Gemma Ciolli arrived in New York on Aug 16, 1901 aboard the Patria.  She was 46 years old.  Click here for the record Gemma Ciolli Immigration 1901 Ancestry. Gemma appears on line 54 of the ships manifest.  She was detained because she had “insuff. money to Chicago”.  The disposition column reads “to go to husb, Giacomo Leone, 165 Forquer St Chicago, Ill”.   Gemma was discharged Aug 21st at 10:00 am.  She was detained 4 days.  How scary must that have been?!  Under the meals columns the following was logged: Breakfast 4, Dinner 4, Supper 4.  Was she charged for her meals?  What if her husband wired money for transportation from New York to Chicago but not enough to pay for the 4 days of food on the ship?  She was probably terrified that she would be sent back to Italy.

Bibbiana Celestina, Henry, and Speranza (Mary) also came to the United States however I have not been able to locate their immigration records.

The Hills of Pescasseroli

The Hills of Pescasseroli

And so the answer to the question Who Arrived First? seems to be Pietro’s nephew Leonardo Del Principe, Carmino & Emilo Ciolli were next, then Pietro followed closely behind.  I wonder what took Leonardo to Pennsylvania and Carmino, Emilo, and Pietro to Chicago.  Just think, if they had not ventured to America along with all the Del Principe and Ciolli’s who followed, we would all be running around the hills of Pescasseroli, Italy instead of spread out across the United States of America.



A Letter From Our Cousin

by  Phyllis Zeck


Elvira Ciolli Del Principe died on December 24, 1939.  Since it was Christmas Eve Elvira wanted my grandfather Gilbert to take her to church to see the Nativity Scene.  My mother Corinne and my aunt Phyllis were with Elvira.  Grandpa was pulling the car to the front of the church when Elvira collapsed.

Elivra’s first born child Antonio died on Dec 7, 1941.  This is the morning that Japan attacked the United States at Pearl Harbor.  Antonio suffered internal injuries when he fell from a ladder a few months before his death.

Elvira is in the center in this photo.  Her arm is linked around Antonio’s.  We don’t know who the woman on Elvira’s right is.  I  suspect she felt close to Elvira, notice that her hand is on Elvira’s shoulder.  We also do not know who the person is in front of Elvira.  If you are able to help identify the two unknown people, please leave a comment or email me.

Antonio had a daughter named Elvira.  Elvira’s granddaughter Mary sent this photo to me along with the letter below.  Thank you so much for sharing Mary!  The letter is from a cousin named Leonard Del Principe dated Dec 10, 1941.  He lists his address as 1211 W. Lead Ave in Albuquerque New Mexico.  The letter is addressed to Antonio’s brother John at 2244 W. Harrison St in Chicago.  

I believe Pietro had 3 brothers: Vincenzo, Antonio, and Gerardo.  Leonardo was the son of Vincenzo.  Leonardo married Alimarinta and they had two children; Frederico born in 1907 and Lucrezia was born in 1912.  Leonardo had a brother named Giuseppe Donato.  The 1910 census show Donato living with his wife Marie Concetta Diaddezio and their 4 children as well as his brother Leonardo in Pennsylvania. In the 1940 census Leonardo, age 74, lived at 2224 Polk St in Chicago with his son Frederick age 32, Frederick’s wife Esta, and their 7 year old daughter Dolores.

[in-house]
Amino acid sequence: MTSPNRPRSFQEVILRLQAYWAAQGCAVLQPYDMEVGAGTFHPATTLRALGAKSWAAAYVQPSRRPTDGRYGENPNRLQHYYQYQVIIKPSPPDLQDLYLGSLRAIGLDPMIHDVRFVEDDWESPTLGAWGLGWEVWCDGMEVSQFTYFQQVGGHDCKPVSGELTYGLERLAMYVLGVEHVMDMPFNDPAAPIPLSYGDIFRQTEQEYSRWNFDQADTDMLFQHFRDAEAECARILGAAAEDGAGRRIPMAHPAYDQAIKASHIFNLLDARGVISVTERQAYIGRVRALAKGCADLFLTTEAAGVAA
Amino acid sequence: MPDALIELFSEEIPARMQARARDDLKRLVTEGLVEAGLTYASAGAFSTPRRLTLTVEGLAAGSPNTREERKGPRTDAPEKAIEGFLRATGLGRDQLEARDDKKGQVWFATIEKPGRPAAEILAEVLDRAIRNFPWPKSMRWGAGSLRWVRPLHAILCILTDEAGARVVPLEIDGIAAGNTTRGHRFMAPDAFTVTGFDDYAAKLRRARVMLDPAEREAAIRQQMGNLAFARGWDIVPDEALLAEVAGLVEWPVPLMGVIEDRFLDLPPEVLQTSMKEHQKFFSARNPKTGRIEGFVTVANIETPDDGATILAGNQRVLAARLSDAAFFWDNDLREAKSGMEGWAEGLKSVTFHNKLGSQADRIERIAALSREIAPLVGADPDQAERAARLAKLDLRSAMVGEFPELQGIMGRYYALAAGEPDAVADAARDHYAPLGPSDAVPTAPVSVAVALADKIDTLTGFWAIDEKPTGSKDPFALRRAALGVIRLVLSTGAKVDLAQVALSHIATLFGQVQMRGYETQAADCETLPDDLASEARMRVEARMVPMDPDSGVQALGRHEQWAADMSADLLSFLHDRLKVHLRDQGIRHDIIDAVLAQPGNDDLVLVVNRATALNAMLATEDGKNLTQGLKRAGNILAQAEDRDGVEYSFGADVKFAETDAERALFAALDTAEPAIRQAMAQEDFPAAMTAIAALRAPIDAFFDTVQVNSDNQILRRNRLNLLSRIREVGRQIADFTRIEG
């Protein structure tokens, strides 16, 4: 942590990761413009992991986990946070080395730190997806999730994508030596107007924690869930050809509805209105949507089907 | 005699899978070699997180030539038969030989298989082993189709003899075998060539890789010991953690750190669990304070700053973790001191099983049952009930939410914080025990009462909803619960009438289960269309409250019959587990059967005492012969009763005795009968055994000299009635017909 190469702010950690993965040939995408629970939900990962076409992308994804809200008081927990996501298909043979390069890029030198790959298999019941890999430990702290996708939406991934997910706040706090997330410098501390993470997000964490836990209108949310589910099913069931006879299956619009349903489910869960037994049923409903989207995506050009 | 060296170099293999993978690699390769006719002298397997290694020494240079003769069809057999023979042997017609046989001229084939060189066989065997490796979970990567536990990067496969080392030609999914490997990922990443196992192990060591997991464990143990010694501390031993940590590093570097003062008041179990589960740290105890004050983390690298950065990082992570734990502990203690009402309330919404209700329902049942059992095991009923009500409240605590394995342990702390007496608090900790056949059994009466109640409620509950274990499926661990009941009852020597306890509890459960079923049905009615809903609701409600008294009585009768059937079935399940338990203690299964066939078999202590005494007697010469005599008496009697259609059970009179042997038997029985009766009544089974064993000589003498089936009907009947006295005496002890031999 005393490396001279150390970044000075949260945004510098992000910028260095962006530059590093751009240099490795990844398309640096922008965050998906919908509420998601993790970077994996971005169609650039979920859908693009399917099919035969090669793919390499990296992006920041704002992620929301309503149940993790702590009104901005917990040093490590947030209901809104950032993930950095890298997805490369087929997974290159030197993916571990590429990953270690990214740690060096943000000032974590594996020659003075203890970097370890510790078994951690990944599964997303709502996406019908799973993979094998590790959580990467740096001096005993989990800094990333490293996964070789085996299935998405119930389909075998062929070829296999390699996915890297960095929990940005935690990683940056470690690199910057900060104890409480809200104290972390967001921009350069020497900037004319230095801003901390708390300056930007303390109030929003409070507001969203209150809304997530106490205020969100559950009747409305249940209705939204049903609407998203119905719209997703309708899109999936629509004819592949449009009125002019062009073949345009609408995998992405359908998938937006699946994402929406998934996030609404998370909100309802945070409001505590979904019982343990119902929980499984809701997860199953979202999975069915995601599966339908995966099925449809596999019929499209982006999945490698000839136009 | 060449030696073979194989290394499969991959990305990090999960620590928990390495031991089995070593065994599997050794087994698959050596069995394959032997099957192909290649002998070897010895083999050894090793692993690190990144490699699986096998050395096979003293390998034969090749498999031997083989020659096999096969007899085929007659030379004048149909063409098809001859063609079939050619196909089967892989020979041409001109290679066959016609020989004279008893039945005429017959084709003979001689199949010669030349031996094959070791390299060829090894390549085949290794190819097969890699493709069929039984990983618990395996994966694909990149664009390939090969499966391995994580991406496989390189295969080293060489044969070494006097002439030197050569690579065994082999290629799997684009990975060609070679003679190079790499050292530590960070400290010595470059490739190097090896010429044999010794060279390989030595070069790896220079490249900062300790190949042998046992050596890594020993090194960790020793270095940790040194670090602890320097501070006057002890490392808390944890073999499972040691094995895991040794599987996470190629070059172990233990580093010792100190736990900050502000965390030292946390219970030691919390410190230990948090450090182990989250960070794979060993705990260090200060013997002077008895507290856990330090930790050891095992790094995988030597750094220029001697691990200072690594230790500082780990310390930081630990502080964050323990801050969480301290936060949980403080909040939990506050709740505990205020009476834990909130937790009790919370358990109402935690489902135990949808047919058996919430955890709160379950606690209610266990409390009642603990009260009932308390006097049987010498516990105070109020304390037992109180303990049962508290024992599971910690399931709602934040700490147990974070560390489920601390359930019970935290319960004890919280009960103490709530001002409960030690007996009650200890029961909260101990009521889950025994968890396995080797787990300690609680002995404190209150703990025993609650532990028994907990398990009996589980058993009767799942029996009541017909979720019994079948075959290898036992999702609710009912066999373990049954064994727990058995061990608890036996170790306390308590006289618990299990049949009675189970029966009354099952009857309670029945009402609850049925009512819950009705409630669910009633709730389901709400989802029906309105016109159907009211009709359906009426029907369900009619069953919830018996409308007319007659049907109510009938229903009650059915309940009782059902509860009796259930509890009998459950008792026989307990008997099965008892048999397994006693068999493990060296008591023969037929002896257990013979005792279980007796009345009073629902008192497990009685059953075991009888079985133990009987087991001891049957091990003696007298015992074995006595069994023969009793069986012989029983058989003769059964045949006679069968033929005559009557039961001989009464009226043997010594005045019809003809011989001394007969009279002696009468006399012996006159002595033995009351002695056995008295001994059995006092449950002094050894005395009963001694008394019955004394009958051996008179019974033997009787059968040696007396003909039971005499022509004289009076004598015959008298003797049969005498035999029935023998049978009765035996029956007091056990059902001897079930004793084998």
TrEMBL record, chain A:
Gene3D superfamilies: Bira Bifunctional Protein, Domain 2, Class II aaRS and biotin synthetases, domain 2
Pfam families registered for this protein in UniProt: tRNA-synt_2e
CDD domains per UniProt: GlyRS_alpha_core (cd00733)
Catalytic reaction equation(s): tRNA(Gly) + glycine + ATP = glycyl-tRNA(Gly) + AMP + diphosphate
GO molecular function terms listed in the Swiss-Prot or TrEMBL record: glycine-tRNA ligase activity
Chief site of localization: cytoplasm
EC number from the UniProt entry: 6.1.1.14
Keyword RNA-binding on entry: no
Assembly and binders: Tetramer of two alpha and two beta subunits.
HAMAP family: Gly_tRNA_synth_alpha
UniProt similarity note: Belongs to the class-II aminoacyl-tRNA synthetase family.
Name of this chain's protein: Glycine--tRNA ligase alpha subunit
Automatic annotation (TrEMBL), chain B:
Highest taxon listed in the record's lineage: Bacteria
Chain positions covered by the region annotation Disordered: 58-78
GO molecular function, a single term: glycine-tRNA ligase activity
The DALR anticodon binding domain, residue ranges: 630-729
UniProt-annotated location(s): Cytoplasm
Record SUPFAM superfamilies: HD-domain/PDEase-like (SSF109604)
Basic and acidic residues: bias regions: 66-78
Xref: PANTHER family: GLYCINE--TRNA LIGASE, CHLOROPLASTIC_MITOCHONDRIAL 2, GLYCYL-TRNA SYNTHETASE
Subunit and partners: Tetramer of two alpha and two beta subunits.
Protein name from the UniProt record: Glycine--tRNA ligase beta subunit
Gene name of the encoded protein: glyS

I have tried to decifer the text of the letter below.

“To John Del Principe brothers and families

Nearly two years on Dec 24, ’39 while I laid in bed I heard a rap at the door.  I said what is it?  Oh Pa, Zia Elvira is dead!  I exclaimed oh God, what Christmas greeting are those given me!  There I came into the house that should be in gay and happy, enjoying the festivity of the Baby Jesus, and the families, of old and young with heart filled with joy and happiness I found?  I found the scene all changed, the house, from gay & happiness, to a mournful and the families young and old from a happiness and contentment, to a sorrowful heart and tearing eyes, crying the death of dearest mother!  Yes Zia Elvira was dead!!

On Dec 8, 1941 the day of the immaculate conception, a rap at the door came, and the voice of my daughter said Pa, here is a telegram for you; what is it?  John says his brother Anthony died!  Oh God, I cried what Christmas greeting is this?  Is the same fatal change falling on that misfortunate family?  Oh God, yes is identical the same!

The first being the dearest Mother, now is the first link of her golden chain, that broke loose and fell dead, and cause the remaining eight brothers and families, old and young to change the festival of the coming Merry Christmas to a sorrowful house, into mourn & tears & crying the death of their dearest brother Antonio Del Prinicpe!  Yes he is passed away.  

May I hope and pray God to let enter the kingdom of Heaven and sit by his dearest Mother!  With my breaking heart and tears from my eyes I am writing yours this letter to express my deepest sympathy to the deceased family, the brothers, and all their families & relatives of my dear cousin Antonio Del Principe.  

Forgive me for not being present at the wake among yours my dearest ones to share the sorrowful time or pay a better respect than this, but hope that God will bless all of yours and give you courage and comfort.  

Your Affectionate Cousin

Leonard Del Principe”

Letter from Cousin Leonard Del Principe Front

Letter from Cousin Leonard Del Principe Back